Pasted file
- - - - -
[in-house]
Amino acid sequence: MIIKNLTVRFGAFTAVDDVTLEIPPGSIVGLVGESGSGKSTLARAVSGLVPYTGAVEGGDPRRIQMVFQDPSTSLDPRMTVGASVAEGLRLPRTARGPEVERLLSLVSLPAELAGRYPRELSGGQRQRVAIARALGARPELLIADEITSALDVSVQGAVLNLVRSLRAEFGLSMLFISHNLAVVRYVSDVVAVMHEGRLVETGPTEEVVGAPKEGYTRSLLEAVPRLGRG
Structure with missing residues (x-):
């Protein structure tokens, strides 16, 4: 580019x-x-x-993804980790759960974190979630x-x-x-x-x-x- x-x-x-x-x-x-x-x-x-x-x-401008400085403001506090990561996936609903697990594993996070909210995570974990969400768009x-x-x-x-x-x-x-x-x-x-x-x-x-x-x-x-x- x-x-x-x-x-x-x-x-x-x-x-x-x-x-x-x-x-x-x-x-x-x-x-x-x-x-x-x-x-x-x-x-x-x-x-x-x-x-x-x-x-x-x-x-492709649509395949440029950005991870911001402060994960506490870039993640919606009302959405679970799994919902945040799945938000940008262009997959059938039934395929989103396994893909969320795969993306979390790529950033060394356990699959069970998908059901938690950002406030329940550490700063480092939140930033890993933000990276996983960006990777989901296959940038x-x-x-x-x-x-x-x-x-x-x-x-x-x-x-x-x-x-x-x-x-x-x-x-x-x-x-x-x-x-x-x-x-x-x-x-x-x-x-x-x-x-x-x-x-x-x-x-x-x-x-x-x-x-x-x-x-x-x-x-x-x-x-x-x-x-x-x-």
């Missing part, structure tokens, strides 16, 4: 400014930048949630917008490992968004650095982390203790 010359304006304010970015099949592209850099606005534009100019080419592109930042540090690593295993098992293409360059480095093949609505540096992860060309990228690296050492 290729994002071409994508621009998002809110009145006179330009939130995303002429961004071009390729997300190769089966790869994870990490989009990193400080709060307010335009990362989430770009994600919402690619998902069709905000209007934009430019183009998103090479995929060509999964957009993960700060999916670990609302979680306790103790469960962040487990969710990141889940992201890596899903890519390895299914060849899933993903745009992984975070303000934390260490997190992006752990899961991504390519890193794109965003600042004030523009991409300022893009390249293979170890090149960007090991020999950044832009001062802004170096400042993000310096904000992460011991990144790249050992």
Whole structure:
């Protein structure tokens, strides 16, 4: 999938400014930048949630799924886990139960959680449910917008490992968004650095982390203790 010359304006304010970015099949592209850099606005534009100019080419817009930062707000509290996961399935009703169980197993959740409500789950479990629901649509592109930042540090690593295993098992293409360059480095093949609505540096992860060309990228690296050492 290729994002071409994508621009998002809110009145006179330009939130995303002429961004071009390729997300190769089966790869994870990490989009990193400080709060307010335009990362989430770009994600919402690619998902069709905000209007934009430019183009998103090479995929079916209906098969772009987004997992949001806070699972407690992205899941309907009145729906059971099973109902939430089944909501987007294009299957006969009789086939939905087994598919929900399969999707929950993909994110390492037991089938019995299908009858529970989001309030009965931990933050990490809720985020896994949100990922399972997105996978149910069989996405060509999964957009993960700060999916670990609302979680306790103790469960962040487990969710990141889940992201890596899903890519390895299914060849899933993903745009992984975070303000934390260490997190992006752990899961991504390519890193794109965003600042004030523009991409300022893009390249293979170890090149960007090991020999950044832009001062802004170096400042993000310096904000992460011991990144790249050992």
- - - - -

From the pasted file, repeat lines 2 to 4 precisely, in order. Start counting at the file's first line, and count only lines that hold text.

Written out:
Amino acid sequence: MIIKNLTVRFGAFTAVDDVTLEIPPGSIVGLVGESGSGKSTLARAVSGLVPYTGAVEGGDPRRIQMVFQDPSTSLDPRMTVGASVAEGLRLPRTARGPEVERLLSLVSLPAELAGRYPRELSGGQRQRVAIARALGARPELLIADEITSALDVSVQGAVLNLVRSLRAEFGLSMLFISHNLAVVRYVSDVVAVMHEGRLVETGPTEEVVGAPKEGYTRSLLEAVPRLGRG
Structure with missing residues (x-):
């Protein structure tokens, strides 16, 4: 580019x-x-x-993804980790759960974190979630x-x-x-x-x-x- x-x-x-x-x-x-x-x-x-x-x-401008400085403001506090990561996936609903697990594993996070909210995570974990969400768009x-x-x-x-x-x-x-x-x-x-x-x-x-x-x-x-x- x-x-x-x-x-x-x-x-x-x-x-x-x-x-x-x-x-x-x-x-x-x-x-x-x-x-x-x-x-x-x-x-x-x-x-x-x-x-x-x-x-x-x-x-492709649509395949440029950005991870911001402060994960506490870039993640919606009302959405679970799994919902945040799945938000940008262009997959059938039934395929989103396994893909969320795969993306979390790529950033060394356990699959069970998908059901938690950002406030329940550490700063480092939140930033890993933000990276996983960006990777989901296959940038x-x-x-x-x-x-x-x-x-x-x-x-x-x-x-x-x-x-x-x-x-x-x-x-x-x-x-x-x-x-x-x-x-x-x-x-x-x-x-x-x-x-x-x-x-x-x-x-x-x-x-x-x-x-x-x-x-x-x-x-x-x-x-x-x-x-x-x-």